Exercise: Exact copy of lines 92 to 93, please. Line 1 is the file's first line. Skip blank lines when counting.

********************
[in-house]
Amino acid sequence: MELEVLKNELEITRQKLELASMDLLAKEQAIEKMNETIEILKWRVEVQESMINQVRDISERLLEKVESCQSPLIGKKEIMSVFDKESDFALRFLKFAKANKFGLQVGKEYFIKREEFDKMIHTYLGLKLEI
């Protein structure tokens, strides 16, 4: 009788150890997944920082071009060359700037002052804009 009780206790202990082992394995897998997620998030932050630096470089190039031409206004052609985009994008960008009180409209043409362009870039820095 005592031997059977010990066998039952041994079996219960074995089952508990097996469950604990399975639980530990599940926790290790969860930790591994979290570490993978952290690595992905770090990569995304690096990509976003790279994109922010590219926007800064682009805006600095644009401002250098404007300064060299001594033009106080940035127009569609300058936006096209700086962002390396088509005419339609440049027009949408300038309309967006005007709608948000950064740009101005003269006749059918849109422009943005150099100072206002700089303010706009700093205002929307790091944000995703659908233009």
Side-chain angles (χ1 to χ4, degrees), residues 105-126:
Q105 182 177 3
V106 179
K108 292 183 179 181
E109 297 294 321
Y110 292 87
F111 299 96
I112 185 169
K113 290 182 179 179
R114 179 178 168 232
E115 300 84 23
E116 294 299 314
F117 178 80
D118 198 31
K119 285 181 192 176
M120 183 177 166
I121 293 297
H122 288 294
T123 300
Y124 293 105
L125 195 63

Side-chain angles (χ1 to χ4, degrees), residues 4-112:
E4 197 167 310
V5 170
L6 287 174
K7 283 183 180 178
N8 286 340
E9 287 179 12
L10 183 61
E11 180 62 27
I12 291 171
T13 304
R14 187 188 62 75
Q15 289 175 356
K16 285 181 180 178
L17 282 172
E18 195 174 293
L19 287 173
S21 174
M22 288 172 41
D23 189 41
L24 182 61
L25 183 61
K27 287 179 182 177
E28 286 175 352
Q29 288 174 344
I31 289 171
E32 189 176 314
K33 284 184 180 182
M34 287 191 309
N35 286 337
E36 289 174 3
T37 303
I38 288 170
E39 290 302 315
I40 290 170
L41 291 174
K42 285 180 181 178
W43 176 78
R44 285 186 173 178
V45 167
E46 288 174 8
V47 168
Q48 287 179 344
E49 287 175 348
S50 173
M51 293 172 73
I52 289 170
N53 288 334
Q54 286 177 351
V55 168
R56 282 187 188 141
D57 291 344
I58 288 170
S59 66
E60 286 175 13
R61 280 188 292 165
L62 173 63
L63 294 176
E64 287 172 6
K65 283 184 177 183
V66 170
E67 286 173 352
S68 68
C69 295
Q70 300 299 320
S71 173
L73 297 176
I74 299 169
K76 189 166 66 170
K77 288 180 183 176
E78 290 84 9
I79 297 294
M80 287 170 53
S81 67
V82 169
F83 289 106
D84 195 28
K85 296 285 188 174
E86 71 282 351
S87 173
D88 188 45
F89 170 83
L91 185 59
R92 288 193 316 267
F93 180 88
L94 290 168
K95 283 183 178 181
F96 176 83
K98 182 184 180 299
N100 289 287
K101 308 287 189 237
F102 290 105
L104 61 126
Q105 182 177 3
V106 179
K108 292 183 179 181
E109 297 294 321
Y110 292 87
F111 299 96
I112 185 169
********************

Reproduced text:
I74 299 169
K76 189 166 66 170